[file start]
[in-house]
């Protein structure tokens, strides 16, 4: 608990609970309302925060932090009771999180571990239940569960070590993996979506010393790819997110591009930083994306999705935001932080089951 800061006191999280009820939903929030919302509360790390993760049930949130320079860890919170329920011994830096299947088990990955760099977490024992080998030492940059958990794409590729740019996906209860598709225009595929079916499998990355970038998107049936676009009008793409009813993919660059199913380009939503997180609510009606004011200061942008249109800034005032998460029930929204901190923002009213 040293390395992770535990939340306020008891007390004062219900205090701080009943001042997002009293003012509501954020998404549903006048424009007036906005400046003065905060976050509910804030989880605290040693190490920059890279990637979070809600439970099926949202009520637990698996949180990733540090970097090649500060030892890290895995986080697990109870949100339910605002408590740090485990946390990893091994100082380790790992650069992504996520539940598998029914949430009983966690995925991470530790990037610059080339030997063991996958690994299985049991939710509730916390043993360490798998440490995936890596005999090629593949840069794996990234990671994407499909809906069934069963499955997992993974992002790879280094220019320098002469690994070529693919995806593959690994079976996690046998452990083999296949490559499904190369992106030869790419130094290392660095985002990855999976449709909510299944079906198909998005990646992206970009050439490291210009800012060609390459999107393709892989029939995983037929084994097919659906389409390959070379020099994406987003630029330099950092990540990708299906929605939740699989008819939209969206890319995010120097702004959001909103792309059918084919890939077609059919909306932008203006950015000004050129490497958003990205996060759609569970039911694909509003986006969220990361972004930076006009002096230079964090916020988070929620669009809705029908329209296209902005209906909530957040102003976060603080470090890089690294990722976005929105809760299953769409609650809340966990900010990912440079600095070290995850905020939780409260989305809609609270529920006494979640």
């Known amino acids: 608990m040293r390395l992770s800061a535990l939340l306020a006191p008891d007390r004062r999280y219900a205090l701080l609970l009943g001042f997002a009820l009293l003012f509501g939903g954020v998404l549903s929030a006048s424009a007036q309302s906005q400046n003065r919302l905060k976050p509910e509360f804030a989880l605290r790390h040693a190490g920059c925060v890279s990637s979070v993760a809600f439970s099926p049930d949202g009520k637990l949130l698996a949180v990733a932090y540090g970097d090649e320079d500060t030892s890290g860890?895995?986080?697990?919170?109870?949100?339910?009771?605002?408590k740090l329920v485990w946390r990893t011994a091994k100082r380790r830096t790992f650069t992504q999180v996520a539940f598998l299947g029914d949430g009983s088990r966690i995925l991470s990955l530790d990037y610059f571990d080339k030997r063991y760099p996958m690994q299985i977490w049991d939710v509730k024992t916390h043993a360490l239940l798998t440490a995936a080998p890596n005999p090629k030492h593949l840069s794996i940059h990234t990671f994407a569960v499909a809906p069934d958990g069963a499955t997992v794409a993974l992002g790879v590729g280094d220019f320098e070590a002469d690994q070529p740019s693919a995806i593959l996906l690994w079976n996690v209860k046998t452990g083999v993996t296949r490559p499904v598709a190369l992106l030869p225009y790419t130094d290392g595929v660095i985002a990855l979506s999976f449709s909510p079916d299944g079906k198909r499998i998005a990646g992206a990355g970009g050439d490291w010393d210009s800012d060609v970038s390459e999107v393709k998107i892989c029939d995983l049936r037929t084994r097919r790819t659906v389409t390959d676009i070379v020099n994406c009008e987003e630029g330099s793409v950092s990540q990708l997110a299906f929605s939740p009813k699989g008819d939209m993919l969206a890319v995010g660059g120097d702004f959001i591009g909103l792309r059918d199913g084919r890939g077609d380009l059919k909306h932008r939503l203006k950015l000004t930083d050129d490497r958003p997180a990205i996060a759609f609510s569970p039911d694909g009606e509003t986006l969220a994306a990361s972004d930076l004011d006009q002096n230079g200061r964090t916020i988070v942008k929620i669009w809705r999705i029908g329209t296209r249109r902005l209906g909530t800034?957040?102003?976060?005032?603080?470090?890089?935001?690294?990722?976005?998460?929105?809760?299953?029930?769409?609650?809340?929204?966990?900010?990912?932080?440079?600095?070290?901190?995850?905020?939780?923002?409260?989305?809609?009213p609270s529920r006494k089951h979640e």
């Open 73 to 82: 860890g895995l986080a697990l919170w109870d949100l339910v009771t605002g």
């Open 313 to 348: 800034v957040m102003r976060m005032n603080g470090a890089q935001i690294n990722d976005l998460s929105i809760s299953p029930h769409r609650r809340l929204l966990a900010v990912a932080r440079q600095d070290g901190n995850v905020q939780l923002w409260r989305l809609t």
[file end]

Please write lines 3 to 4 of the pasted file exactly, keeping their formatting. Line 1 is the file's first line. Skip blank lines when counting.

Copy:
């Known amino acids: 608990m040293r390395l992770s800061a535990l939340l306020a006191p008891d007390r004062r999280y219900a205090l701080l609970l009943g001042f997002a009820l009293l003012f509501g939903g954020v998404l549903s929030a006048s424009a007036q309302s906005q400046n003065r919302l905060k976050p509910e509360f804030a989880l605290r790390h040693a190490g920059c925060v890279s990637s979070v993760a809600f439970s099926p049930d949202g009520k637990l949130l698996a949180v990733a932090y540090g970097d090649e320079d500060t030892s890290g860890?895995?986080?697990?919170?109870?949100?339910?009771?605002?408590k740090l329920v485990w946390r990893t011994a091994k100082r380790r830096t790992f650069t992504q999180v996520a539940f598998l299947g029914d949430g009983s088990r966690i995925l991470s990955l530790d990037y610059f571990d080339k030997r063991y760099p996958m690994q299985i977490w049991d939710v509730k024992t916390h043993a360490l239940l798998t440490a995936a080998p890596n005999p090629k030492h593949l840069s794996i940059h990234t990671f994407a569960v499909a809906p069934d958990g069963a499955t997992v794409a993974l992002g790879v590729g280094d220019f320098e070590a002469d690994q070529p740019s693919a995806i593959l996906l690994w079976n996690v209860k046998t452990g083999v993996t296949r490559p499904v598709a190369l992106l030869p225009y790419t130094d290392g595929v660095i985002a990855l979506s999976f449709s909510p079916d299944g079906k198909r499998i998005a990646g992206a990355g970009g050439d490291w010393d210009s800012d060609v970038s390459e999107v393709k998107i892989c029939d995983l049936r037929t084994r097919r790819t659906v389409t390959d676009i070379v020099n994406c009008e987003e630029g330099s793409v950092s990540q990708l997110a299906f929605s939740p009813k699989g008819d939209m993919l969206a890319v995010g660059g120097d702004f959001i591009g909103l792309r059918d199913g084919r890939g077609d380009l059919k909306h932008r939503l203006k950015l000004t930083d050129d490497r958003p997180a990205i996060a759609f609510s569970p039911d694909g009606e509003t986006l969220a994306a990361s972004d930076l004011d006009q002096n230079g200061r964090t916020i988070v942008k929620i669009w809705r999705i029908g329209t296209r249109r902005l209906g909530t800034?957040?102003?976060?005032?603080?470090?890089?935001?690294?990722?976005?998460?929105?809760?299953?029930?769409?609650?809340?929204?966990?900010?990912?932080?440079?600095?070290?901190?995850?905020?939780?923002?409260?989305?809609?009213p609270s529920r006494k089951h979640e």
């Open 73 to 82: 860890g895995l986080a697990l919170w109870d949100l339910v009771t605002g």